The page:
Content, Origins, and Consequences of Dysfunctional Beliefs in Anorexia Nervosa and Bulimia Nervosa

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Abstract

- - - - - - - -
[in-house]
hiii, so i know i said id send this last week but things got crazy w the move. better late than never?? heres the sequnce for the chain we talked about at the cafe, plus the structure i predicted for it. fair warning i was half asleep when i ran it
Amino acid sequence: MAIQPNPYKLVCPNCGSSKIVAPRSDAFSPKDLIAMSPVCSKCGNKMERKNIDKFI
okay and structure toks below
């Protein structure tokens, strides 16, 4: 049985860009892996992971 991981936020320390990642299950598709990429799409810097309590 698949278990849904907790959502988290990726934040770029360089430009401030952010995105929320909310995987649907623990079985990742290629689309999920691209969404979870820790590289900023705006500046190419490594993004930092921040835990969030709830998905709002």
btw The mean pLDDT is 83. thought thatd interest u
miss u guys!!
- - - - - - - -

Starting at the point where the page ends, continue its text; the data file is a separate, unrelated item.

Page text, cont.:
A semi-structured interview was used to investigate negative self beliefs in female patients with eating disorders and women without an eating disorder history. Information about possible developmental influences on these beliefs was also collected. Beliefs linking eating behavior with weight and shape and beliefs about the self were identified, but only by the patients. Self-beliefs were invariably negative and unconditional. Beliefs about eating, weight and shape were usually in the form of conditional assumptions. Most patients identified specific origins for their negative self-beliefs: usually trauma or abuse in childhood. All patients believed that dieting was a way of counteracting the negative implications associated with their self-beliefs. Bingeing seemed to provide an initial distraction in some cases from negative automatic thoughts, images, negative self-beliefs and negative emotional states. However, after bingeing, these intensified. Implications for cognitive theories of eating disorders and for clinical practice are discussed.

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